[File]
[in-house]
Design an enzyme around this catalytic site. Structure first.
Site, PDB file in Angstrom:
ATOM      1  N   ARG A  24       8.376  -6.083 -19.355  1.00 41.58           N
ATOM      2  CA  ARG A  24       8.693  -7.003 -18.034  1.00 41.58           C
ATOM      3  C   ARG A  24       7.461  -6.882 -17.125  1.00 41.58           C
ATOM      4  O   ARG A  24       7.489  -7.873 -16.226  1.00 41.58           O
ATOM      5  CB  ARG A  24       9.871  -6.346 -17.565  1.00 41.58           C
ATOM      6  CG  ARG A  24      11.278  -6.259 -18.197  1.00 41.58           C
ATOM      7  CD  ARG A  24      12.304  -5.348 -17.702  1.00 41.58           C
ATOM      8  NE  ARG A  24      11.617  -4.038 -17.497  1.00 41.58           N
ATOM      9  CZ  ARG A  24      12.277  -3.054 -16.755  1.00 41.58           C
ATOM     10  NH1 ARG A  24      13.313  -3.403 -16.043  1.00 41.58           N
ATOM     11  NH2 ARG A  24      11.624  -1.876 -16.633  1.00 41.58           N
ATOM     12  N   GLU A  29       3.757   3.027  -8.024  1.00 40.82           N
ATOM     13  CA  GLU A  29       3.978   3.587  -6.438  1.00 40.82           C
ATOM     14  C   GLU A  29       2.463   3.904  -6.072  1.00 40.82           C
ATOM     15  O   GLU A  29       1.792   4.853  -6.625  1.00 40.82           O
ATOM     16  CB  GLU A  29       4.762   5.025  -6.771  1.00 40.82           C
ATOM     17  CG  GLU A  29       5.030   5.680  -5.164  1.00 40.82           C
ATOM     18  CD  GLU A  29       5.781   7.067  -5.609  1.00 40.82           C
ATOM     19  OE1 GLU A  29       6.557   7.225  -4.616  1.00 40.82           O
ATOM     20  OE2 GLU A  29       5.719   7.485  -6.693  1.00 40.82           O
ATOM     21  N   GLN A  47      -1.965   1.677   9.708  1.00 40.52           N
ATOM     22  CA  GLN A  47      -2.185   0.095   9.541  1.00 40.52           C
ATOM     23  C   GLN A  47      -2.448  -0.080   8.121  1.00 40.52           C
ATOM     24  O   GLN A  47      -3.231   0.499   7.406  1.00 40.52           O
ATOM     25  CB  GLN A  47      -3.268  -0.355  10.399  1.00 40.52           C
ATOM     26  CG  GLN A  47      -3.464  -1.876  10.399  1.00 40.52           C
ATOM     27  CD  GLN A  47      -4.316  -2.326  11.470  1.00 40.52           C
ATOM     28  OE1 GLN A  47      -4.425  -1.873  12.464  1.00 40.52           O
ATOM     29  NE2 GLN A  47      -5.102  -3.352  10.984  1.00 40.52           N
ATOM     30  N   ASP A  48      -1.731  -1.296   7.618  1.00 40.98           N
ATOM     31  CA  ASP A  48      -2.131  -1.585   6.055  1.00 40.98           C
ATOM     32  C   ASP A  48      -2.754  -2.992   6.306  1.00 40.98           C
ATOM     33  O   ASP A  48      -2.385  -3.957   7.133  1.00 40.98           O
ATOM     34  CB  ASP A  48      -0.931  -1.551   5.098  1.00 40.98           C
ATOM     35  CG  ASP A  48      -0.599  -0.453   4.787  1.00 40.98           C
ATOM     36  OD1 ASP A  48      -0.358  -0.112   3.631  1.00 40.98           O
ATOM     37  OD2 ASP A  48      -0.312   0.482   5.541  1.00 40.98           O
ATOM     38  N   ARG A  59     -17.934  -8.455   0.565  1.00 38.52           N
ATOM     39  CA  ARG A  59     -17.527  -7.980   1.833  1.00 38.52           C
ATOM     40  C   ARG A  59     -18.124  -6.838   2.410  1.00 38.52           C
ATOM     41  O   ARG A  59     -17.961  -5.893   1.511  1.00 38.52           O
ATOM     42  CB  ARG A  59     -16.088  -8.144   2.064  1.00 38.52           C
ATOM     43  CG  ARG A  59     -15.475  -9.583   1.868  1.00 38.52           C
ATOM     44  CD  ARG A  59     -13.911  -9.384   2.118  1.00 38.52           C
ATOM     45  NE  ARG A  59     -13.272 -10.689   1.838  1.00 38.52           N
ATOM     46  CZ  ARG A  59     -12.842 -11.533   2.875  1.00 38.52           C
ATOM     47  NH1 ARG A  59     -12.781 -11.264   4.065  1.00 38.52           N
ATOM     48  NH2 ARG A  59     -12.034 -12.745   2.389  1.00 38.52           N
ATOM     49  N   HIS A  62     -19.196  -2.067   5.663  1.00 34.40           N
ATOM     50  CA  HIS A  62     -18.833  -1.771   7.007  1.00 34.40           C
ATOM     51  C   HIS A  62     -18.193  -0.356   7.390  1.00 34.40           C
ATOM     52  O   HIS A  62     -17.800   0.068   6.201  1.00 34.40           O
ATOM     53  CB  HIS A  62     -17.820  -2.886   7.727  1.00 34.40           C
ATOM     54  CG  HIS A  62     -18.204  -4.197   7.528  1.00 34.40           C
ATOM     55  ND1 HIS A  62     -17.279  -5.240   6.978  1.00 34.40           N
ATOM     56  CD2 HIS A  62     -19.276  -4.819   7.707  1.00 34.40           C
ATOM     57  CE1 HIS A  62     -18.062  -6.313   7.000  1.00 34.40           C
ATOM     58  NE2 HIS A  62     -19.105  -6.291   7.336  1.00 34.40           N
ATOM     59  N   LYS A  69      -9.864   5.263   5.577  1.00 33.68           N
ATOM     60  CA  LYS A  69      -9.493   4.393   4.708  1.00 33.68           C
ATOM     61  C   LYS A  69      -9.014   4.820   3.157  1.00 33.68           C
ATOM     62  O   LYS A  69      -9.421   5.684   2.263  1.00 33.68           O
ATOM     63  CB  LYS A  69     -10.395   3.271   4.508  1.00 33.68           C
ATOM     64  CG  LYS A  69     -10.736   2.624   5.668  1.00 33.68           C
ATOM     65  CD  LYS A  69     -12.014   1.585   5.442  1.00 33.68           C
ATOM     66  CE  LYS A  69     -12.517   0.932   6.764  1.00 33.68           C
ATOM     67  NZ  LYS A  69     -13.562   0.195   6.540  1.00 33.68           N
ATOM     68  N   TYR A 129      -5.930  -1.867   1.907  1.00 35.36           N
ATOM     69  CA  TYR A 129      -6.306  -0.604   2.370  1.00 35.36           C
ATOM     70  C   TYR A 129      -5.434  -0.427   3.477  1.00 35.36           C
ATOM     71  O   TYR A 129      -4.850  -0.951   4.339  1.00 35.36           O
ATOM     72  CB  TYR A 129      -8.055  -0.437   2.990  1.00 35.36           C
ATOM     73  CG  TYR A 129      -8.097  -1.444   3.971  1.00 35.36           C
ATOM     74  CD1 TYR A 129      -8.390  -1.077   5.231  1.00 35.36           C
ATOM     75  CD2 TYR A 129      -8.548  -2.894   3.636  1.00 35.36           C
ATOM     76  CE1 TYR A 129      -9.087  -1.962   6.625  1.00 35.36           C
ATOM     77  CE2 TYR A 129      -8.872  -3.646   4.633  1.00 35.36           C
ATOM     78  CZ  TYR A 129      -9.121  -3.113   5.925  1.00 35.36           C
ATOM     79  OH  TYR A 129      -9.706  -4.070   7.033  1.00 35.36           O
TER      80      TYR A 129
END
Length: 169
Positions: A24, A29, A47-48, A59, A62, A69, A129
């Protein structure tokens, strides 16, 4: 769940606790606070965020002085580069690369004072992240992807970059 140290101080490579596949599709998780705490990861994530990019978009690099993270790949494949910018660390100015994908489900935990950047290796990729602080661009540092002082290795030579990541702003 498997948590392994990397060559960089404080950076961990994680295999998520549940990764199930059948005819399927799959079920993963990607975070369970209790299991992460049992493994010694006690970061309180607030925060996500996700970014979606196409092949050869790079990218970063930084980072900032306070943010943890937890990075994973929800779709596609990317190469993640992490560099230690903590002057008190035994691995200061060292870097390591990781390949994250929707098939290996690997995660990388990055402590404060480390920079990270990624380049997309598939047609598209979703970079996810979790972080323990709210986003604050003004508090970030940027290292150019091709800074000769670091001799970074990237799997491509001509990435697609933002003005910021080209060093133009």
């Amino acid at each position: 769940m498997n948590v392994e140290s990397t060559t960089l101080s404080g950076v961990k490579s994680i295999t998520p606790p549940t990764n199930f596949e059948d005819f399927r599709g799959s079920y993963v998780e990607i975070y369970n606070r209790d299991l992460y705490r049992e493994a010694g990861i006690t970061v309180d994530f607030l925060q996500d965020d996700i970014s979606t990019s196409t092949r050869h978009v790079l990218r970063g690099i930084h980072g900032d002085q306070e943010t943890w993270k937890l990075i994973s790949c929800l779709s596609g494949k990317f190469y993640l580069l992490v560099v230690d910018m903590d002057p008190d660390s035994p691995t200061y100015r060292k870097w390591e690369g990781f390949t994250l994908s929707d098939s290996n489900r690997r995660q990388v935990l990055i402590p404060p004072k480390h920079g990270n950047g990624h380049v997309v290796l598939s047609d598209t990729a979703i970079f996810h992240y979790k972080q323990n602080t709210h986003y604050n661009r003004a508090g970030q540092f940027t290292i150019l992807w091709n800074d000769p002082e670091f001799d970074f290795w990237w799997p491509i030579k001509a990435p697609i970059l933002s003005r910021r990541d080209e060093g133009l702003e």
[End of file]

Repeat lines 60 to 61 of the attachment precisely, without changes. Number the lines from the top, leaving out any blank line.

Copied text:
ATOM     57  CE1 HIS A  62     -18.062  -6.313   7.000  1.00 34.40           C
ATOM     58  NE2 HIS A  62     -19.105  -6.291   7.336  1.00 34.40           N